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Math Help - Choosing a sigma algebra such that a function is measurable

  1. #1
    Member Last_Singularity's Avatar
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    Choosing a sigma algebra such that a function is measurable

    I am using the following definition of "measurable." Suppose we have a set \Omega with an associated sigma-algebra F of subsets. A function f: \Omega \rightarrow R is measurable w.r.t. F if: for all c \in R, the set \{\omega \in \Omega | f(\omega) < c\} = f^{-1}((-\infty,c)) belongs to F.

    So I choose \Omega = R (the reals) and let the function f be the identity function f(x) = x. I hope that this innocent bijective function is measurable. And for all c, we would have: f^{-1}((-\infty,c)) = (-\infty,c).

    But "measurable" is defined in the context of "with respect to" a sigma-algebra, right? So this requires me to choose a sigma-algebra, no?

    Would choosing the trivial sigma-algebra F= \{\Omega,\emptyset\} = \{R,\emptyset\} work?

    What other possible sigma-algebras F of \Omega could we choose to keep f measurable w.r.t. F?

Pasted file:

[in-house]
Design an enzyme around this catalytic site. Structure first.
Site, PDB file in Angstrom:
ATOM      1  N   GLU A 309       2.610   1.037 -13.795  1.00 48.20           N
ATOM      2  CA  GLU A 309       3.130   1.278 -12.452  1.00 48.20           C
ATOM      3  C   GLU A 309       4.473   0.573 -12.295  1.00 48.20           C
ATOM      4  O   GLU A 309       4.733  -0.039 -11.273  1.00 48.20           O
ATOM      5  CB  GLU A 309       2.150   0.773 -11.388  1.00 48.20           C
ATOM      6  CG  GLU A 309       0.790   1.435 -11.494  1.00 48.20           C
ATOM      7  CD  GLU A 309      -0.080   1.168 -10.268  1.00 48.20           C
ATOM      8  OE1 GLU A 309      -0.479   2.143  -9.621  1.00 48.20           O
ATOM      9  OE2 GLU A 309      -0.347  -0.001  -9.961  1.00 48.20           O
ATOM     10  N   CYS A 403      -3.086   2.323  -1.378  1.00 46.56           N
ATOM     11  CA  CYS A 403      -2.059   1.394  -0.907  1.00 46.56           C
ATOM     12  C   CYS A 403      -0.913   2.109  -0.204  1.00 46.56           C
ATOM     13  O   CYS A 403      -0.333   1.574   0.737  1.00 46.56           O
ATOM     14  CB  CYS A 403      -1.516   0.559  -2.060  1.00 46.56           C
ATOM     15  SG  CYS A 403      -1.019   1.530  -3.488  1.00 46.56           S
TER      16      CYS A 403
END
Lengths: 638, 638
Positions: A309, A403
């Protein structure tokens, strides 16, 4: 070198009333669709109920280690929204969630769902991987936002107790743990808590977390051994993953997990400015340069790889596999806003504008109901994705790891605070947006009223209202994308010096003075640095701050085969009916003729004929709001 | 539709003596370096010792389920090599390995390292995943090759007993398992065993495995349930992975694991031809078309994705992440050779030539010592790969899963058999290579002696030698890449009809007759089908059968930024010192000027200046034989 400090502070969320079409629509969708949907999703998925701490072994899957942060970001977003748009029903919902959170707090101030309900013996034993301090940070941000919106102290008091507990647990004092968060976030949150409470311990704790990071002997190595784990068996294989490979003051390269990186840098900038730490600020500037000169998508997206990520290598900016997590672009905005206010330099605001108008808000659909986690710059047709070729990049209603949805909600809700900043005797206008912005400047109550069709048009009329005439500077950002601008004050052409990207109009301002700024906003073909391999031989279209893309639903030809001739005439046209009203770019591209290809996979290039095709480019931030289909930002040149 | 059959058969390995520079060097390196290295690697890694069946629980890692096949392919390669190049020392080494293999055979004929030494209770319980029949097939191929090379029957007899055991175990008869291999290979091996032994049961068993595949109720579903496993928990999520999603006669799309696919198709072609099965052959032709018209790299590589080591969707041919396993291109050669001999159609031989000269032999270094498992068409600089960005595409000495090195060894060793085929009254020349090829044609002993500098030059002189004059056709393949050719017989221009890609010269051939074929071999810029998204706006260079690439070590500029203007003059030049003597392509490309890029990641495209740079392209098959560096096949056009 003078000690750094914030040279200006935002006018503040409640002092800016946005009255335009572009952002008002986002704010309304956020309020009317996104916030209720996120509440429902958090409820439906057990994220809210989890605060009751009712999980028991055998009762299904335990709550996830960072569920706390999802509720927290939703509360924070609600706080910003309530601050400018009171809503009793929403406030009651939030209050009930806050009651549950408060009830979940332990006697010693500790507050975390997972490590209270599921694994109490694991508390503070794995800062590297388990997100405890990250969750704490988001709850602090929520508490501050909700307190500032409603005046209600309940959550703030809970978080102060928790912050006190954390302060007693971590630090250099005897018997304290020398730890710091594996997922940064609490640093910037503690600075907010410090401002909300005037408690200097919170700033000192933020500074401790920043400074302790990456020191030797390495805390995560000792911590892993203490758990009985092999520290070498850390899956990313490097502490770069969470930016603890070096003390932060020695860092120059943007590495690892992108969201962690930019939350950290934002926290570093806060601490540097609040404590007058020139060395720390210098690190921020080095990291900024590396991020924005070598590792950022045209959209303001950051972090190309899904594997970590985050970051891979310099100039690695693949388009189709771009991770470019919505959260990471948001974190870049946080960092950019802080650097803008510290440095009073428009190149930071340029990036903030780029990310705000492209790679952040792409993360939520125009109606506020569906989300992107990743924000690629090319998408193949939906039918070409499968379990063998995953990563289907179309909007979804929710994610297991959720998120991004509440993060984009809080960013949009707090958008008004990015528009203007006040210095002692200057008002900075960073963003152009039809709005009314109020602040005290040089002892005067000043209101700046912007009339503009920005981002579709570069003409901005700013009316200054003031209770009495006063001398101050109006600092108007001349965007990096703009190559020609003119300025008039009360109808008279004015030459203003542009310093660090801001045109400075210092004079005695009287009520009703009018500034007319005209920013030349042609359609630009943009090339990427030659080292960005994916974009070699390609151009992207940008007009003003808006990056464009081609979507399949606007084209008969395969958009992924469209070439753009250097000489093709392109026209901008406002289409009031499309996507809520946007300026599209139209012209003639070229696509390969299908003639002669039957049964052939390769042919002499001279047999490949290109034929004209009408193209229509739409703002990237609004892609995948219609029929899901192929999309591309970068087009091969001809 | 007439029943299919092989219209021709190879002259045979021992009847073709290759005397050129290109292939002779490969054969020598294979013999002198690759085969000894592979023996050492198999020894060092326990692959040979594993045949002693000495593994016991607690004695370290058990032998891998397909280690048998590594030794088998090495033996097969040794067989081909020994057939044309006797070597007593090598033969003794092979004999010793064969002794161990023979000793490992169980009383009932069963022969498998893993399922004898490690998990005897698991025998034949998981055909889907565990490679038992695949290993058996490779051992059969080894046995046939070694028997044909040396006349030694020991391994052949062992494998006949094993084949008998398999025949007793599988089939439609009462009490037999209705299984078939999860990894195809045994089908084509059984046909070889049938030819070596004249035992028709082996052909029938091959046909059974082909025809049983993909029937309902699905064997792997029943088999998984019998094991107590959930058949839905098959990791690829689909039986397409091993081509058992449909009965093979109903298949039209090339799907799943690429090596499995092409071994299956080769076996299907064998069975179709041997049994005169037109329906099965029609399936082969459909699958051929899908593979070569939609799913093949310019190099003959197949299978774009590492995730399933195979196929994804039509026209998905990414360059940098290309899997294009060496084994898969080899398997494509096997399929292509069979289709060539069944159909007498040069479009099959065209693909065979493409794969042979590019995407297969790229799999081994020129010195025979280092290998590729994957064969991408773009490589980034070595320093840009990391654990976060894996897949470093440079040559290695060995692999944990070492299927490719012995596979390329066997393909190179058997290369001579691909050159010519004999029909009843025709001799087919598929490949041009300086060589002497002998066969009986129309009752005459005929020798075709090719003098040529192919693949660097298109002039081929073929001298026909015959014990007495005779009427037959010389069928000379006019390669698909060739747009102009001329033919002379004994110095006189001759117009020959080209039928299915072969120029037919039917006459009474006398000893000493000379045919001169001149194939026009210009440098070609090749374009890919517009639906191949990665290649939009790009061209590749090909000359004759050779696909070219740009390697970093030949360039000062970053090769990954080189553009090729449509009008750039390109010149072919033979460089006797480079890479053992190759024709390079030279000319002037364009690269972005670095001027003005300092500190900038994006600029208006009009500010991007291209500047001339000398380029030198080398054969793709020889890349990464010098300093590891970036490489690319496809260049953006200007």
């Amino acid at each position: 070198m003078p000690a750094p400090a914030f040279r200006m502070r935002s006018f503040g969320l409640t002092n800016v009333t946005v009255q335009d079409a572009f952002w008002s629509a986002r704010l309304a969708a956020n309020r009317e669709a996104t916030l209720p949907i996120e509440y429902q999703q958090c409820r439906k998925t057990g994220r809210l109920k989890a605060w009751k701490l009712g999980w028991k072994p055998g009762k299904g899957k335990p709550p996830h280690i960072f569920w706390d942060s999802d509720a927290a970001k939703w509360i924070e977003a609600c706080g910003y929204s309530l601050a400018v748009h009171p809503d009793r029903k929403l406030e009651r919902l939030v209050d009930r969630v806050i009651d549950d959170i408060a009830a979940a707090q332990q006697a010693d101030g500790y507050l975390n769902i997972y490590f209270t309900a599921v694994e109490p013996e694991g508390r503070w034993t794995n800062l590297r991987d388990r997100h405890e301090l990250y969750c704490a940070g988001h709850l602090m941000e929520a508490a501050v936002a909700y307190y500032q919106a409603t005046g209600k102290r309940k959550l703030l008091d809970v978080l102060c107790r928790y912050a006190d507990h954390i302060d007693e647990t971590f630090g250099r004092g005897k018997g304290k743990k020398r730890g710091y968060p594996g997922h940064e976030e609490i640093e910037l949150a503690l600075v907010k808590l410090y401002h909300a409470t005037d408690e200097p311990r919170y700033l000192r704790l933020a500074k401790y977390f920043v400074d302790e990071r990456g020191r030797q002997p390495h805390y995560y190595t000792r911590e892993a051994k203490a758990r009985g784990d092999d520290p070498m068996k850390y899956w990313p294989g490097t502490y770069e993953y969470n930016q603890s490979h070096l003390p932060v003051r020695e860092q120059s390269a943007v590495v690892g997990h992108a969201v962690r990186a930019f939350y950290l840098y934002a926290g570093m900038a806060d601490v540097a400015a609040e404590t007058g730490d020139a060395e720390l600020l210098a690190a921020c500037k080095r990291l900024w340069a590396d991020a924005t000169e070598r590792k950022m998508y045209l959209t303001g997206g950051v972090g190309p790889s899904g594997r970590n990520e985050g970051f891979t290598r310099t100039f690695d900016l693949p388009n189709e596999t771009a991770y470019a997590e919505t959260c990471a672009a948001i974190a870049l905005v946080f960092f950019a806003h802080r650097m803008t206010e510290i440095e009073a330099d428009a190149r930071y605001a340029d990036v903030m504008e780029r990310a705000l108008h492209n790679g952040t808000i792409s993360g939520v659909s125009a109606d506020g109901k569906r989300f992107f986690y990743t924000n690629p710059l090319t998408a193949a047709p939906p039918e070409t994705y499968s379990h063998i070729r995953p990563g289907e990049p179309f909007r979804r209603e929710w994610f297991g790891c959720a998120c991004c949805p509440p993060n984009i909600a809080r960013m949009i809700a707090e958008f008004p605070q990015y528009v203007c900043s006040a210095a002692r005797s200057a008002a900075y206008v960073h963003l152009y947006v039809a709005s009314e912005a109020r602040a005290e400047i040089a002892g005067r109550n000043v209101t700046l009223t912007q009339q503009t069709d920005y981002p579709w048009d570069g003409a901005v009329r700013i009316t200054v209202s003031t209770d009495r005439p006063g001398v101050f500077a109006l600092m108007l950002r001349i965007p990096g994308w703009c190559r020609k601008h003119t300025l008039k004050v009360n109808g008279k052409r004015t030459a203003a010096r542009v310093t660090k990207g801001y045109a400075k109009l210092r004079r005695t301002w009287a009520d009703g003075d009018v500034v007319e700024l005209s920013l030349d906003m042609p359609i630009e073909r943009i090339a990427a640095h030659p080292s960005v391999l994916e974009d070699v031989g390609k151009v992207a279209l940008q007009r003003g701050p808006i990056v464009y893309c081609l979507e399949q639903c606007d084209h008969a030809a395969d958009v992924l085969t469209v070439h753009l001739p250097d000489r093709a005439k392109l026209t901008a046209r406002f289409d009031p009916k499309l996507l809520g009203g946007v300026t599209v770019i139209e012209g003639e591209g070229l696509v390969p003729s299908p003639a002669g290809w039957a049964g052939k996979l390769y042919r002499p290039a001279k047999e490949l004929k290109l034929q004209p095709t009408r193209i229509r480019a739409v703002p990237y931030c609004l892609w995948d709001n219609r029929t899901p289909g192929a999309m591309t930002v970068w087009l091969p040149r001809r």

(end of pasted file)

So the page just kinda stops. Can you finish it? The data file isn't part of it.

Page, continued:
Thanks!
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  2. #2
    MHF Contributor FernandoRevilla's Avatar
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    Quote Originally Posted by Last_Singularity View Post
    Would choosing the trivial sigma-algebra F= \{\Omega,\emptyset\} = \{R,\emptyset\} work?

    It does not work because

    f^{-1}(-\infty,c)=}(-\infty,c)\not\in F

    What other possible sigma-algebras F of \Omega could we choose to keep f measurable w.r.t. F?

    Any sigma-algebra which contains to the sigma-algebra generated by the family:

    S=\{(-\infty,c):c\in\mathbb{R}\}



    Fernando Revilla
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  3. #3
    Member Last_Singularity's Avatar
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    Doesn't a sigma-algebra need to be closed under complements? As in, if F is a sigma-algebra and A \in F, then A^C = \Omega - A \in F.

    In this case, if I let c be given, A=(-\infty,c_A) creates A^C = R  - (-\infty,c_A) = [c_A,\infty), which is not in F = \{(-\infty,c): c \in R\}, right?

    I must be mis-understanding the definition...
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  4. #4
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    Quote Originally Posted by Last_Singularity View Post
    Doesn't a sigma-algebra need to be closed under complements? As in, if F is a sigma-algebra and A \in F, then A^C = \Omega - A \in F.

    In this case, if I let c be given, A=(-\infty,c_A) creates A^C = R  - (-\infty,c_A) = [c_A,\infty), which is not in F = \{(-\infty,c): c \in R\}, right?

    I must be mis-understanding the definition...
    The \sigma-algebra generated by a family \mathcal{F} is defined as the smallest \sigma-algebra which contains \mathcal{F}.
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